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Getting Involved

Tuesday, Oct. 19, 2010

Canyons Elementaries Implement Common Core State Standards in Math

Canyons is implementing math Common Core State Standards in elementary schools. In a study session, Chief Academic Officer Ginger Rhode and Evidence-Based Learning Directors Hollie Pettersson and Amber Roderick-Landward outlined the Common Core, target dates for further implementation, and other efforts to ensure all Canyons students are prepared for college and careers by the time they graduate from high school.

Common Core State Standards contain fewer, clearer and stronger standards in reading and math that align with skills needed for college and the workforce, and provide parents and teachers tools to help children stay on the college- and career-ready path. Thirty-eight states, including Utah, have adopted the Common Core State Standards. The standards were developed by the Council of Chief State School Officers, the National Governors Association, and the highly respected research team at Achieve, Inc., with input by teachers and stakeholders, and uphold high expectations for all students.

The Common Core includes higher-level math concepts in lessons beginning in kindergarten. The idea is to lay a foundation for mathematics understanding and student success. The Common Core also increases rigor for all students and addresses the Canyons’ higher-level math achievement gaps. Board members lauded the Common Core because it includes higher-level math concepts beginning in kindergarten and integrates math and science disciplines in a manner that more closely reflects 21st Century learning — and real life.

Dr. Rhode and her staff proposed that new Common Core math standards be implemented in seventh and eighth grades next school year, and in high school grades by 2012-2013. They also proposed that Language Arts Common Core State Standards be implemented in seventh through 12th grades next school year, and in elementary grades in 2012-2013. The Board plans to discuss a number of issues related to Common Core implementation, including textbook adoption, the impact of new standards on gifted education, and the desirability of additional magnet programs, in upcoming meetings.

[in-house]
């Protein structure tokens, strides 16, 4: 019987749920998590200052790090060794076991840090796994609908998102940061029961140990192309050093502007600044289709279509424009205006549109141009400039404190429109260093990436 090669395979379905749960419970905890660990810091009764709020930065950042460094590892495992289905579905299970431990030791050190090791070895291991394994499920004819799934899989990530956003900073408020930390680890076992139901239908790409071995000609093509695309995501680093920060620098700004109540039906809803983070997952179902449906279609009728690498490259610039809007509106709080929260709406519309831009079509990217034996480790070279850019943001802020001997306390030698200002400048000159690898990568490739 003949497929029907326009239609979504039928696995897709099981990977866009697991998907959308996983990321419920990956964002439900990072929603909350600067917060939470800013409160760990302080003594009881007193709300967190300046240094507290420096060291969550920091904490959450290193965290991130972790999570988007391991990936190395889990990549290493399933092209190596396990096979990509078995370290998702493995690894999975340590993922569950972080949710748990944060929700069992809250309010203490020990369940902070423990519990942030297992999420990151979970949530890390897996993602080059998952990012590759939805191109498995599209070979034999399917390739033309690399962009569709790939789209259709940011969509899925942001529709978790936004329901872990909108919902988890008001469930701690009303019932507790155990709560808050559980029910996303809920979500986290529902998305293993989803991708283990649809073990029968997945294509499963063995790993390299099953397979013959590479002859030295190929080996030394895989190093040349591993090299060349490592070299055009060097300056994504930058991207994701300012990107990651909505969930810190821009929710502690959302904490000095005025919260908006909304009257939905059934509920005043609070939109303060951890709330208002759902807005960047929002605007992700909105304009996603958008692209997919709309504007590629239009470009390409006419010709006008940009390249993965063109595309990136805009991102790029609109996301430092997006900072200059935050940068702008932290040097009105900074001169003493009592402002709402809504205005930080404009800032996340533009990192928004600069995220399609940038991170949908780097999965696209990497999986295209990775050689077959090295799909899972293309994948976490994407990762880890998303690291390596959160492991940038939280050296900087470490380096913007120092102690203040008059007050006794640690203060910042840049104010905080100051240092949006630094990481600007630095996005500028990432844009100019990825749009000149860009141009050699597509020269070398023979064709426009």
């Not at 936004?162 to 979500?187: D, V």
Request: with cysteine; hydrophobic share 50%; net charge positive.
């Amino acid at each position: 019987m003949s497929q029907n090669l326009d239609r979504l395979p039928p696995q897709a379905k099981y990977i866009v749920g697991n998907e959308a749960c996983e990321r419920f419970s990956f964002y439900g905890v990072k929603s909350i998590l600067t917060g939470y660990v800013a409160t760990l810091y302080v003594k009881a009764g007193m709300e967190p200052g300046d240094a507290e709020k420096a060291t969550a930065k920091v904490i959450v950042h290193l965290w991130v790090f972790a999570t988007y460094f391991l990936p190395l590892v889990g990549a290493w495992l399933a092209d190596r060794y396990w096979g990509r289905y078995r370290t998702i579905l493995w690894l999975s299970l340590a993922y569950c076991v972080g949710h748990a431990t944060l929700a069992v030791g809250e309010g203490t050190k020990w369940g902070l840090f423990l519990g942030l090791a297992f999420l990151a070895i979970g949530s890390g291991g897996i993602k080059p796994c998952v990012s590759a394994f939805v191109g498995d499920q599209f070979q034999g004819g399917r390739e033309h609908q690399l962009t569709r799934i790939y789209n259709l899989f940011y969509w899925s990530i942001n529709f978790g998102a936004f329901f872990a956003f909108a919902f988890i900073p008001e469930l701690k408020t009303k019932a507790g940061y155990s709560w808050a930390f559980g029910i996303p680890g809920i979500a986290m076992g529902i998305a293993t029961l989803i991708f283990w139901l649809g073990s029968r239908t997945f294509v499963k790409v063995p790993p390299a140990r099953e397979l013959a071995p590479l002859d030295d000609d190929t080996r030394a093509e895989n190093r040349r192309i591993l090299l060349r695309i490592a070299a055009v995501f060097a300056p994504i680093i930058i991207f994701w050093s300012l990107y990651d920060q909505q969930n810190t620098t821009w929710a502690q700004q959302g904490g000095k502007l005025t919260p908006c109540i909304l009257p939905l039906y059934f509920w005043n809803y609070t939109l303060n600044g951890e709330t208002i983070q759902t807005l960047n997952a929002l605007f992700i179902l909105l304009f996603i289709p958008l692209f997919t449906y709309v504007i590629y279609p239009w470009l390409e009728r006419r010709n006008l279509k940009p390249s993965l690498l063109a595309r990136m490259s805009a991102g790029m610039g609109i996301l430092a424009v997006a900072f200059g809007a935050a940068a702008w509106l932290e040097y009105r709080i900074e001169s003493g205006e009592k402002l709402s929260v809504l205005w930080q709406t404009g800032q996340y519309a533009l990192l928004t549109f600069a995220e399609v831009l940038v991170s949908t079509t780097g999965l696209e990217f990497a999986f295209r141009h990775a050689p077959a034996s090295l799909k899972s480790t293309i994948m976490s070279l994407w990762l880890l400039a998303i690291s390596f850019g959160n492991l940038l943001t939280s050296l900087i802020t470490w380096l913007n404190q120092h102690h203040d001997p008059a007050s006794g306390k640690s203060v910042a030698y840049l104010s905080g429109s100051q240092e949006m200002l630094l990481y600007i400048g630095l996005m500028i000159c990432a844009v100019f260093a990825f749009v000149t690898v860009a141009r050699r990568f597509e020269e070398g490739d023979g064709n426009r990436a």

Meanwhile, Canyons is offering professional development and opportunities for students to catch up or get ahead in efforts to boost career- and college-readiness:

– Students earned 310 original math and science credits in the new Summer Block
– USTAR centers in middle- and high school show students how the disciplines relate to real life
– Full-day kindergarten is offered at Title I schools, and additional student supports are in the works
– Elementaries provide extra help for students in reading and math
– Middle school teachers collaborate to examine student performance and fine tune their approach to ensure students receive the help they need
– All 11th graders will take the ACT this year; all eighth- and 10th-graders are taking the ACT EXPLORE and PLAN tests to better prepare them for college and careers
– Response to Intervention model used to catch students before they fall behind.

Study Session